7. Life is ironic. I became a teacher because I wanted to teach the poor and less privileged. Like an humanitarian kind of teaching in poor countries. Then, I found out about the conditions ( almost no salary, no health insurance, basically nothing…) and I just couldn’t afford it! So I entered the intenrnational school circuit and now, I am teaching rich kids. Anyone had the same experience?


  8. I attended a private elementary school in my home country and I can attest that some outstanding teachers there had a phenomenal impact on my life and more specifically, on my development of environmental, social, and international awareness. I don’t think that I would have the same passion for working, living and positively contributing to my community overseas if I had not had the privilege of being taught by those teachers. Never doubt that you are having a positive impact on those you teach, and the way that they look at the world!

    I would disagree with the opinion that one cannot teach wealthy children while upholding a belief in social justice. As teachers, we have the ability to encourage our students to explore concepts of social justice no matter what their socio-economic backgrounds are. On a personal level, I also find that teaching internationally has given me a much greater ability to contribute financially to socially progressive causes because my salary and benefits are better than back home. Also, where I’m from, it is currently very difficult to find a full-time teaching position, so most teachers there are barely scraping by financially, and are therefore not in a position to donate to causes that are important to them.


    1. I agree with what you’ve written. I too grew up overseas, attending a variety of different types of schools, international and public, and my experiences growing up have had a dramatic effect on my life, and on the lives of my siblings. My sister is now a prominent figure in the US and almost single-handedly brought recycling to America from Europe 30 years ago, and is currently working on fighting the plastics industry. She admits that her passion for the environment stemmed from her experiences of living overseas. Sure we’re ‘worker bees’ for the wealthy, but our students (when they grow up) will be the ones in positions to make a difference globally!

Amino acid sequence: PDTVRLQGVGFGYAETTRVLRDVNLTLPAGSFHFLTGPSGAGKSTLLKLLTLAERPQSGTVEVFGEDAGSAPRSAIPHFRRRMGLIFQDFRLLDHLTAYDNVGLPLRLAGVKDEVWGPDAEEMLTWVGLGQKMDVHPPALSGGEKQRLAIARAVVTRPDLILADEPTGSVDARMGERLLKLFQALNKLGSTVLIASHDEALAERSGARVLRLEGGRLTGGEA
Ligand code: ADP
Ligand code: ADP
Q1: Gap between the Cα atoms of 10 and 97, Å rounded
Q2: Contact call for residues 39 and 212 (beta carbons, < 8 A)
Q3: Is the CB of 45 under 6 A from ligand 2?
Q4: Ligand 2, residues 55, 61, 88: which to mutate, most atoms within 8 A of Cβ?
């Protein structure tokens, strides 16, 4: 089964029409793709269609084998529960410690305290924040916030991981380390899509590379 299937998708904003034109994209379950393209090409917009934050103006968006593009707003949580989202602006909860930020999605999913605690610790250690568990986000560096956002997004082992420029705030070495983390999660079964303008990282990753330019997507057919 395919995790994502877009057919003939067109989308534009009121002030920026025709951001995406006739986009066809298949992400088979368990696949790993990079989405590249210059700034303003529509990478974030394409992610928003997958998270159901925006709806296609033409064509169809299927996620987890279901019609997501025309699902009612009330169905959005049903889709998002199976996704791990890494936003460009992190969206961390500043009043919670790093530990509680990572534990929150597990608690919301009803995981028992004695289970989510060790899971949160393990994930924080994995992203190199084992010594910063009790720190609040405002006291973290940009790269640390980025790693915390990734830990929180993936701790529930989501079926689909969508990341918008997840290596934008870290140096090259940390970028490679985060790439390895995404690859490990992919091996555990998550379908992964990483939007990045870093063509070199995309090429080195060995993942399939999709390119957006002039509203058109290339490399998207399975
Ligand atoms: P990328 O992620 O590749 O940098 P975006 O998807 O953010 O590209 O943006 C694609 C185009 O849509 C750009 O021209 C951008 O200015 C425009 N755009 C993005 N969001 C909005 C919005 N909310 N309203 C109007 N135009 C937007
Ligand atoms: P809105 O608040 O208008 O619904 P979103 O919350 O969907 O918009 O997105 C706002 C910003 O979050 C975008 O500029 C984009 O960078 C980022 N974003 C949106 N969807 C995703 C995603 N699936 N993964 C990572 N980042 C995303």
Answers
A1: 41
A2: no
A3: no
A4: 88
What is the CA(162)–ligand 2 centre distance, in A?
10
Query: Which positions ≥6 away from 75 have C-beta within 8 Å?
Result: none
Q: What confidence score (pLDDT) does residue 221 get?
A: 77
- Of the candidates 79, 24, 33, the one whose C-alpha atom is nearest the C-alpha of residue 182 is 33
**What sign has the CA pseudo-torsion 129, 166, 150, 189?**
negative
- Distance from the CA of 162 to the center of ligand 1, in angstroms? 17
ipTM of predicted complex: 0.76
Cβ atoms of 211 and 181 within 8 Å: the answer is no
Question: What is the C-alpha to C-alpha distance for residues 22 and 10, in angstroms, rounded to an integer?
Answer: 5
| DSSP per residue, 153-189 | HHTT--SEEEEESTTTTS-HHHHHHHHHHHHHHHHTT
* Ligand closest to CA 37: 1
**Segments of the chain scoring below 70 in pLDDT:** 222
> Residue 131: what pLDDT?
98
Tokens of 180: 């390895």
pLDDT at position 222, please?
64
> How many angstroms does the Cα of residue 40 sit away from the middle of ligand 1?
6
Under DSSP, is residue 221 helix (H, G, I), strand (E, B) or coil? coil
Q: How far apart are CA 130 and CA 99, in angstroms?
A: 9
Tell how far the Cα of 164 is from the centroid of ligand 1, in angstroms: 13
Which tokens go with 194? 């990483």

9. In America privatization of schools is sweeping the nation by storm, so Americans no longer want to teach in a system that compromises their values. “International” schools in most cases are privatized schools. So this wave basically hit the world first before it came
    to America.


  10. If one really cared about educational equity and justice, one would not be employed in a school that catered to the rich. I would find it difficult to reconcile my values for educational equity while teaching rich kids only.

    American teachers no longer want to teach in American schools due to incessant testing and being held accountable for standards. Some American teachers idealize international schools only to be confronted with the arrogance of the rich, and those teachers trade off their treatment as a servant for a chance to travel.